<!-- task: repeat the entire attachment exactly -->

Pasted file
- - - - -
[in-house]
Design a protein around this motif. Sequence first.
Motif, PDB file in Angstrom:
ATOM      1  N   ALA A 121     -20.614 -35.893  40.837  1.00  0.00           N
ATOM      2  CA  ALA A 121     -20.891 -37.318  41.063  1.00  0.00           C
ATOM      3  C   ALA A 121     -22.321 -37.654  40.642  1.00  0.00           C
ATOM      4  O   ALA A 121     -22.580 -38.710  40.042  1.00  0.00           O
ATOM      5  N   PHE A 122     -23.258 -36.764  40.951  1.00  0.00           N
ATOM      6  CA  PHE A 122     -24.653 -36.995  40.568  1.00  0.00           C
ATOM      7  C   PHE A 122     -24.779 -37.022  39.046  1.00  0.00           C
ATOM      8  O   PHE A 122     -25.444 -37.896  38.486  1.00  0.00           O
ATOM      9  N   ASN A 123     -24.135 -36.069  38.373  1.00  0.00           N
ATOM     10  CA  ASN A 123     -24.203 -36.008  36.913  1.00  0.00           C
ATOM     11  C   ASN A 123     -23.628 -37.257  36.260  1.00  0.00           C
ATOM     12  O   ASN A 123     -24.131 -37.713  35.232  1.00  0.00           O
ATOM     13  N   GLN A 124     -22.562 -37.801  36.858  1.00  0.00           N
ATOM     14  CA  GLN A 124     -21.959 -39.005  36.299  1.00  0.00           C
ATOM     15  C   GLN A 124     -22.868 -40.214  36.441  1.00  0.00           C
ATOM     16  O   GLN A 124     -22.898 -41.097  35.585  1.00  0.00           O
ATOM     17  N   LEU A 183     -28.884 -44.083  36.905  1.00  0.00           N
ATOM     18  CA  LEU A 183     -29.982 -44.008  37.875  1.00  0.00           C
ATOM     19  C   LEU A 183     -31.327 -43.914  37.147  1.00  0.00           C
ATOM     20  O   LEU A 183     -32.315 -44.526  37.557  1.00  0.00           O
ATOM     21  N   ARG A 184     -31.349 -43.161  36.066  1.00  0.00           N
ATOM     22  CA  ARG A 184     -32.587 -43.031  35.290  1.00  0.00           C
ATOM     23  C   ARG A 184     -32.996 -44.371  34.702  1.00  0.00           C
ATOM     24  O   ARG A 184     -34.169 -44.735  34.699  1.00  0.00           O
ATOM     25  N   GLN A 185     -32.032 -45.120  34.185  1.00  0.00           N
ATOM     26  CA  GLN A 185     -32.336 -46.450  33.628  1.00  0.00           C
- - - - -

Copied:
[in-house]
Design a protein around this motif. Sequence first.
Motif, PDB file in Angstrom:
ATOM      1  N   ALA A 121     -20.614 -35.893  40.837  1.00  0.00           N
ATOM      2  CA  ALA A 121     -20.891 -37.318  41.063  1.00  0.00           C
ATOM      3  C   ALA A 121     -22.321 -37.654  40.642  1.00  0.00           C
ATOM      4  O   ALA A 121     -22.580 -38.710  40.042  1.00  0.00           O
ATOM      5  N   PHE A 122     -23.258 -36.764  40.951  1.00  0.00           N
ATOM      6  CA  PHE A 122     -24.653 -36.995  40.568  1.00  0.00           C
ATOM      7  C   PHE A 122     -24.779 -37.022  39.046  1.00  0.00           C
ATOM      8  O   PHE A 122     -25.444 -37.896  38.486  1.00  0.00           O
ATOM      9  N   ASN A 123     -24.135 -36.069  38.373  1.00  0.00           N
ATOM     10  CA  ASN A 123     -24.203 -36.008  36.913  1.00  0.00           C
ATOM     11  C   ASN A 123     -23.628 -37.257  36.260  1.00  0.00           C
ATOM     12  O   ASN A 123     -24.131 -37.713  35.232  1.00  0.00           O
ATOM     13  N   GLN A 124     -22.562 -37.801  36.858  1.00  0.00           N
ATOM     14  CA  GLN A 124     -21.959 -39.005  36.299  1.00  0.00           C
ATOM     15  C   GLN A 124     -22.868 -40.214  36.441  1.00  0.00           C
ATOM     16  O   GLN A 124     -22.898 -41.097  35.585  1.00  0.00           O
ATOM     17  N   LEU A 183     -28.884 -44.083  36.905  1.00  0.00           N
ATOM     18  CA  LEU A 183     -29.982 -44.008  37.875  1.00  0.00           C
ATOM     19  C   LEU A 183     -31.327 -43.914  37.147  1.00  0.00           C
ATOM     20  O   LEU A 183     -32.315 -44.526  37.557  1.00  0.00           O
ATOM     21  N   ARG A 184     -31.349 -43.161  36.066  1.00  0.00           N
ATOM     22  CA  ARG A 184     -32.587 -43.031  35.290  1.00  0.00           C
ATOM     23  C   ARG A 184     -32.996 -44.371  34.702  1.00  0.00           C
ATOM     24  O   ARG A 184     -34.169 -44.735  34.699  1.00  0.00           O
ATOM     25  N   GLN A 185     -32.032 -45.120  34.185  1.00  0.00           N
ATOM     26  CA  GLN A 185     -32.336 -46.450  33.628  1.00  0.00           C